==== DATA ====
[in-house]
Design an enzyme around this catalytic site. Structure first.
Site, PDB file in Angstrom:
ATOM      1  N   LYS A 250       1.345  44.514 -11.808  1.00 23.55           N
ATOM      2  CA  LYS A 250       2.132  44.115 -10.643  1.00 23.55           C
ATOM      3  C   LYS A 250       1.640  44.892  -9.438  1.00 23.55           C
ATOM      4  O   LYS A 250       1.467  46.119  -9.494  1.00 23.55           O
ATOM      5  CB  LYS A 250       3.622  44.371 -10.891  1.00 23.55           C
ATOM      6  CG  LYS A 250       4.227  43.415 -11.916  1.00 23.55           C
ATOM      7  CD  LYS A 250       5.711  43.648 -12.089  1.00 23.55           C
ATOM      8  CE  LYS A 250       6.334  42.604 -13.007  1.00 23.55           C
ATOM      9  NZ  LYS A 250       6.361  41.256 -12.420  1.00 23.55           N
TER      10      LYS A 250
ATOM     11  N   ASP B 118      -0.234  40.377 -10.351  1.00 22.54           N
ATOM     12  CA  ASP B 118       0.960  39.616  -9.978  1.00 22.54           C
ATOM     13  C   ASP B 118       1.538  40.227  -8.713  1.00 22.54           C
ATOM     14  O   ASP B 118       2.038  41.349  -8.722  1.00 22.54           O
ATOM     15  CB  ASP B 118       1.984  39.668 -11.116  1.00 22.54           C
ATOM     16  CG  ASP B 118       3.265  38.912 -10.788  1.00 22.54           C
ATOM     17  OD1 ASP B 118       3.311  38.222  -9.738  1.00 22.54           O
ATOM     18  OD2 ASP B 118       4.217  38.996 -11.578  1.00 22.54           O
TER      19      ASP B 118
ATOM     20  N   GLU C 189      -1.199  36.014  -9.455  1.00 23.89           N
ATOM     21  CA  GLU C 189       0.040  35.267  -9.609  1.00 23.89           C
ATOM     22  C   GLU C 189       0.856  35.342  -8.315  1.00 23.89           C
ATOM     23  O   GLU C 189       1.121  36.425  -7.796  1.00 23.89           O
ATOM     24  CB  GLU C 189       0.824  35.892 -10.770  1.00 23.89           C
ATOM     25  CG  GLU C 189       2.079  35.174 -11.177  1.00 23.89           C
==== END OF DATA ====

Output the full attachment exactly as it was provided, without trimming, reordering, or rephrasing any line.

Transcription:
[in-house]
Design an enzyme around this catalytic site. Structure first.
Site, PDB file in Angstrom:
ATOM      1  N   LYS A 250       1.345  44.514 -11.808  1.00 23.55           N
ATOM      2  CA  LYS A 250       2.132  44.115 -10.643  1.00 23.55           C
ATOM      3  C   LYS A 250       1.640  44.892  -9.438  1.00 23.55           C
ATOM      4  O   LYS A 250       1.467  46.119  -9.494  1.00 23.55           O
ATOM      5  CB  LYS A 250       3.622  44.371 -10.891  1.00 23.55           C
ATOM      6  CG  LYS A 250       4.227  43.415 -11.916  1.00 23.55           C
ATOM      7  CD  LYS A 250       5.711  43.648 -12.089  1.00 23.55           C
ATOM      8  CE  LYS A 250       6.334  42.604 -13.007  1.00 23.55           C
ATOM      9  NZ  LYS A 250       6.361  41.256 -12.420  1.00 23.55           N
TER      10      LYS A 250
ATOM     11  N   ASP B 118      -0.234  40.377 -10.351  1.00 22.54           N
ATOM     12  CA  ASP B 118       0.960  39.616  -9.978  1.00 22.54           C
ATOM     13  C   ASP B 118       1.538  40.227  -8.713  1.00 22.54           C
ATOM     14  O   ASP B 118       2.038  41.349  -8.722  1.00 22.54           O
ATOM     15  CB  ASP B 118       1.984  39.668 -11.116  1.00 22.54           C
ATOM     16  CG  ASP B 118       3.265  38.912 -10.788  1.00 22.54           C
ATOM     17  OD1 ASP B 118       3.311  38.222  -9.738  1.00 22.54           O
ATOM     18  OD2 ASP B 118       4.217  38.996 -11.578  1.00 22.54           O
TER      19      ASP B 118
ATOM     20  N   GLU C 189      -1.199  36.014  -9.455  1.00 23.89           N
ATOM     21  CA  GLU C 189       0.040  35.267  -9.609  1.00 23.89           C
ATOM     22  C   GLU C 189       0.856  35.342  -8.315  1.00 23.89           C
ATOM     23  O   GLU C 189       1.121  36.425  -7.796  1.00 23.89           O
ATOM     24  CB  GLU C 189       0.824  35.892 -10.770  1.00 23.89           C
ATOM     25  CG  GLU C 189       2.079  35.174 -11.177  1.00 23.89           C